Students with Disabilities The Americans with Disabilities Act (ADA) is a federal anti-discrimination statute that provides comprehensive civil rights protection for persons with disabilities. Among other things, this legislation requires that all students with disabilities be guaranteed a learning environment that provides for reasonable accommodation of their disabilities. If you believe you have a disability requiring an accommodation, please contact the Disability Support Services in Room 168 of the Clark Student Center, 397-4140.

Safe Zones Statement The professor considers this classroom to be a place where you will be treated with respect as a human being - regardless of gender, race, ethnicity, national origin, religious affiliation, sexual orientation, political beliefs, age, or ability. Additionally, diversity of thought is appreciated and encouraged, provided you can agree to disagree. It is the professor's expectation that ALL students consider the classroom a safe environment.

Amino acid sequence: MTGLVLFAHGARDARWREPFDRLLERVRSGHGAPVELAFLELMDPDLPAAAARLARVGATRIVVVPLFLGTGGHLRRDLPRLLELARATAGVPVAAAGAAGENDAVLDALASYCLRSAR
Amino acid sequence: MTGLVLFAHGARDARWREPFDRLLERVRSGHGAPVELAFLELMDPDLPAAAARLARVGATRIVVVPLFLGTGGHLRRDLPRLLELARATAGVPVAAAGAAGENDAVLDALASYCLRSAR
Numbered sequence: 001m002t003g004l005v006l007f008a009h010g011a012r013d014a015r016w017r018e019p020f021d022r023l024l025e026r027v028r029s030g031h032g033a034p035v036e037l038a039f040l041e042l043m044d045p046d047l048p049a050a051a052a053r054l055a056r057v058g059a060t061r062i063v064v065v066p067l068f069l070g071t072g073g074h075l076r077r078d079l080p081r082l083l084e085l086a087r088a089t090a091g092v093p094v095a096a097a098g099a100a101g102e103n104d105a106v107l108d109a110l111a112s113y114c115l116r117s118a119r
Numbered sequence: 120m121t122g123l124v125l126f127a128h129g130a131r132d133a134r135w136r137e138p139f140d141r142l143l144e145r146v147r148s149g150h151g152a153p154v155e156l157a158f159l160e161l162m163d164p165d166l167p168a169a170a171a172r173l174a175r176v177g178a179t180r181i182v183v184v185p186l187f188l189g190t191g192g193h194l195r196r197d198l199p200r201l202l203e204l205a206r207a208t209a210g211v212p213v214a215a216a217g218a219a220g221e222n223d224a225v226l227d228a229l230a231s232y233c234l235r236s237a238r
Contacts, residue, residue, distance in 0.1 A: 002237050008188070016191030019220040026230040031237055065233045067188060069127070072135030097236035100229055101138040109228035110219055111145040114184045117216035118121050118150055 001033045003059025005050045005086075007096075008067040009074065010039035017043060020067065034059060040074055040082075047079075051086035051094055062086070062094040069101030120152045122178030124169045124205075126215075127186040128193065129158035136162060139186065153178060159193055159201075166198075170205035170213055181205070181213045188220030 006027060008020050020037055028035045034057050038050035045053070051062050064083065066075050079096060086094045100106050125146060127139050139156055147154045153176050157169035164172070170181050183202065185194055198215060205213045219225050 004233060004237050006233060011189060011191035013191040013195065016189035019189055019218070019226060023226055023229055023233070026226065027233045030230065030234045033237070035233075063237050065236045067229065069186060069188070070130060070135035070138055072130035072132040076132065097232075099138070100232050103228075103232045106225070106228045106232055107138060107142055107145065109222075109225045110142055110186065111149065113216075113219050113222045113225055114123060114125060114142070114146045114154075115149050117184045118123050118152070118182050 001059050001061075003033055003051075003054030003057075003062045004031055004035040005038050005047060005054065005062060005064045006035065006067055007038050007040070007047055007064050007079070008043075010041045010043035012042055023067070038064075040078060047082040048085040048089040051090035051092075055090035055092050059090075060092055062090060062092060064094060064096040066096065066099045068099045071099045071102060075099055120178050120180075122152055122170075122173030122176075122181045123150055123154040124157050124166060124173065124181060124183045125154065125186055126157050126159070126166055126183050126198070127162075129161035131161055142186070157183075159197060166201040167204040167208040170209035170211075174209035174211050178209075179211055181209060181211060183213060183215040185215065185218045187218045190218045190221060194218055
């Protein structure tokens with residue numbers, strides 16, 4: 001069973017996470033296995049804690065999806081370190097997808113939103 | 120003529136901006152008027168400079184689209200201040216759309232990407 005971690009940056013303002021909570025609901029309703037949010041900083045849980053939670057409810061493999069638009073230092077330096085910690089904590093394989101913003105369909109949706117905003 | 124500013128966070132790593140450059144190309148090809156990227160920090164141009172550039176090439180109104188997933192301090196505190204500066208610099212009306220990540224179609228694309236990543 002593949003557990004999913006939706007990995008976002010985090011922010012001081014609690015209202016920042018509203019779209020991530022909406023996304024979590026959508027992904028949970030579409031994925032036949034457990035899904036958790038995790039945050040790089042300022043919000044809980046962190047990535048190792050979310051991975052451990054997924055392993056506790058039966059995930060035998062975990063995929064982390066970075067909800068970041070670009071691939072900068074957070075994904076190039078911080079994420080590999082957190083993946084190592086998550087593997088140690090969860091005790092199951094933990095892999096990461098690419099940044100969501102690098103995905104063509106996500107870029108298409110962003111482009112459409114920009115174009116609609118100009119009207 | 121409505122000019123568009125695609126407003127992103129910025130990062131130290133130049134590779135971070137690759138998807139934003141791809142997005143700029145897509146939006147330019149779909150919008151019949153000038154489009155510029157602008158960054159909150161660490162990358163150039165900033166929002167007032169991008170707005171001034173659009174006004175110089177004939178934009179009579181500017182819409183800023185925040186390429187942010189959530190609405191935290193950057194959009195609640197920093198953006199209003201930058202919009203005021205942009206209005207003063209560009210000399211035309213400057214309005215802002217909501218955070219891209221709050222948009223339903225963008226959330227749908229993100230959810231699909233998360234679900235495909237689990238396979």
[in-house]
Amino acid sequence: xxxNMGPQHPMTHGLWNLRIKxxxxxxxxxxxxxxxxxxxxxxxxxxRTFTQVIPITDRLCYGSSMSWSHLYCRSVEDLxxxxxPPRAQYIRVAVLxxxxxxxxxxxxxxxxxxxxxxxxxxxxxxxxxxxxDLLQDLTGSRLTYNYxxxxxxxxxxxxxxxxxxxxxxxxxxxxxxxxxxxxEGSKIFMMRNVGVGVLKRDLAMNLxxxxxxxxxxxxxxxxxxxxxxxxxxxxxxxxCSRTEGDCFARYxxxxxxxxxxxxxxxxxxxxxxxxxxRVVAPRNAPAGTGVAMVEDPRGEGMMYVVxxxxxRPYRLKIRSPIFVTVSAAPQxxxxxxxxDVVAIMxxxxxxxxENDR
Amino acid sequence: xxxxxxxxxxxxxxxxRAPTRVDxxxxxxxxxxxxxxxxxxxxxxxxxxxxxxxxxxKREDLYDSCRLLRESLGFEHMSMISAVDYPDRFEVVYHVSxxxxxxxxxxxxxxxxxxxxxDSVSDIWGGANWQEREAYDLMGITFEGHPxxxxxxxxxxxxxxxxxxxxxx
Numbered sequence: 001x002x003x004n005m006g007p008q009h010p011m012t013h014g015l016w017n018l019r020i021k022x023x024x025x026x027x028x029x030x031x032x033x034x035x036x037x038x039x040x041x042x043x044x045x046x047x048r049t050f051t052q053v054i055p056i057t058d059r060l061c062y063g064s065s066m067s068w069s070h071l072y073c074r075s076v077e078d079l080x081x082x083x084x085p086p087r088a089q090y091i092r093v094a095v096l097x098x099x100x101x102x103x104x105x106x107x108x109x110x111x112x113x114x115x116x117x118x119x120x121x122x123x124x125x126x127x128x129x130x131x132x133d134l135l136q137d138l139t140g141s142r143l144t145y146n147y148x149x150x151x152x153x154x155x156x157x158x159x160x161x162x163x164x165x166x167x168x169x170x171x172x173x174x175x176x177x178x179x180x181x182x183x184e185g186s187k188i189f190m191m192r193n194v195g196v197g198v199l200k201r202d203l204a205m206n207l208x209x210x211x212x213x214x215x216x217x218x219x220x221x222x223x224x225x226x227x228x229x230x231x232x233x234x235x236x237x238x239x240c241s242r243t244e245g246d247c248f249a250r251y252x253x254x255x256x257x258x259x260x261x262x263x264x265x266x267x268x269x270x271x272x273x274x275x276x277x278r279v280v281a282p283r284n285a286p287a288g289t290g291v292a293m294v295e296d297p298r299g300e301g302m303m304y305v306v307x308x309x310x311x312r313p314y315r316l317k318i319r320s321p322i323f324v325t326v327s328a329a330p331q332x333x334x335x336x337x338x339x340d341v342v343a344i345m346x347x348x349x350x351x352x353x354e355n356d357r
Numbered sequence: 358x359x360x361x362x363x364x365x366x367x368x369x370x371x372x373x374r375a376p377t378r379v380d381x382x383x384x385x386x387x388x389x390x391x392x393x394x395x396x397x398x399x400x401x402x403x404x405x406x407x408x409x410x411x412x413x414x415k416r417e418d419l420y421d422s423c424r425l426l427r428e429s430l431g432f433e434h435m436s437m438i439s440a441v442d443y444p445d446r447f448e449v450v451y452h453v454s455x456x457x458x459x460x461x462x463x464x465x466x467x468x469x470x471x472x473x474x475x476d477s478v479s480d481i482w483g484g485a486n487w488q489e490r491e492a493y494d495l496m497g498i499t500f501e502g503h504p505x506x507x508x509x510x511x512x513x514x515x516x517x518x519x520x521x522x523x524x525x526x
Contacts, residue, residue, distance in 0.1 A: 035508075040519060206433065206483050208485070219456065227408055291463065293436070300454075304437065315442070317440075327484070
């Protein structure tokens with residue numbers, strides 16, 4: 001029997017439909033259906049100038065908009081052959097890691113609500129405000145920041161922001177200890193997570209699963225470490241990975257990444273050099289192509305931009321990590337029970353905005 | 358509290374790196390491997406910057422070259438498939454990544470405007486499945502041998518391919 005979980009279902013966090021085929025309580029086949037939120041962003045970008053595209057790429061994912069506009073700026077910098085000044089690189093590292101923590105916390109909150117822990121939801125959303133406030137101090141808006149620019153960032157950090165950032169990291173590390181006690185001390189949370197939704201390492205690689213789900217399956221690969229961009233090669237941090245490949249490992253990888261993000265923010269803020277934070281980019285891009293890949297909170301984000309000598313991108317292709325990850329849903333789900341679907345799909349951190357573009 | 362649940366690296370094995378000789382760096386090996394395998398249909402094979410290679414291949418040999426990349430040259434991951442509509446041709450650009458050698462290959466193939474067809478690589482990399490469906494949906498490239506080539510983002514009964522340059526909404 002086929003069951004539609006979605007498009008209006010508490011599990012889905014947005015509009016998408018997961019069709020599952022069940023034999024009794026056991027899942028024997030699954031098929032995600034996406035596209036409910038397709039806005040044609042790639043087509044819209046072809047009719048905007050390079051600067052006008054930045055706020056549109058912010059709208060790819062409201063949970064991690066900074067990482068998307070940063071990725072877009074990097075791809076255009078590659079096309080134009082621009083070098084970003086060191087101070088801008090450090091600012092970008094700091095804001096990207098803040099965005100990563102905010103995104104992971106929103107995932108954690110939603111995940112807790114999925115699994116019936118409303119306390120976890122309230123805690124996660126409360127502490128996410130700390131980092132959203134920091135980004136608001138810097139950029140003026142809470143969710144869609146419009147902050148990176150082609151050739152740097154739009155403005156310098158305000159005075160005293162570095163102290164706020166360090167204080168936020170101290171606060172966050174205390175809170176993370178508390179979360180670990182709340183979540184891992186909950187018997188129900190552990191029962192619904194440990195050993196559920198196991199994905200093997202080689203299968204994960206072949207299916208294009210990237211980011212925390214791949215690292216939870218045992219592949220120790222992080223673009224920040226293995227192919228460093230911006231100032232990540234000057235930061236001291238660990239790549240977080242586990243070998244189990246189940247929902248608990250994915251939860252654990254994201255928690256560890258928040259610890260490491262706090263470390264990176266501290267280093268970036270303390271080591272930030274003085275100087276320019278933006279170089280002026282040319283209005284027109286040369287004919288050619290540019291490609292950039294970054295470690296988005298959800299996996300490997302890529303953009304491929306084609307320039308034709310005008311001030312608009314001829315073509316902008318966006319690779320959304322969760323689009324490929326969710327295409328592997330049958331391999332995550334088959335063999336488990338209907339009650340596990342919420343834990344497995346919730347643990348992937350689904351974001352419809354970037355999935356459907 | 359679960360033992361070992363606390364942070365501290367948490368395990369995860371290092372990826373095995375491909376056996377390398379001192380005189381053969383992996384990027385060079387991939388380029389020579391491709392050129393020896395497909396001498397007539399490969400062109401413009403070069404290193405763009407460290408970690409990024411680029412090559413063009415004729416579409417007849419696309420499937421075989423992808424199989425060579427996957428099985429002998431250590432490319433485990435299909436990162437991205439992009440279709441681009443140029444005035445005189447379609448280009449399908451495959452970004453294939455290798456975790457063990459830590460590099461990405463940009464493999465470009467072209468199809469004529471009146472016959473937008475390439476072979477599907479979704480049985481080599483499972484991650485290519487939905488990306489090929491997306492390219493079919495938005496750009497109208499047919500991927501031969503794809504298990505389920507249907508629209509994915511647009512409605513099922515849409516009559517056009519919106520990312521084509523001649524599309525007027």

Contacting your Instructor All instructors in the Department have voicemail in their offices and MWSU e-mail addresses. Make sure you add your instructor's phone number and e-mail address to both email and cell phone lists of contacts.

Attendance Requirements

ATTENDANCE POLICY:

The student has a responsibility to attend all classes / labs at the designated time of that class or lab. If a student does not, they may be classified as tardy or absent. The following criteria of those classifications are solely those of the instructor of this class.

Tardiness

Any student that arrives to class / lab after the starting time designated in the university catalogue of classes will be considered tardy. If a student arrives tardy, two (2) points will be deducted from their final average for each tardy. If the student has an unexcused absence, five (5) points will be deducted from their final course average. There will be no exception to this policy.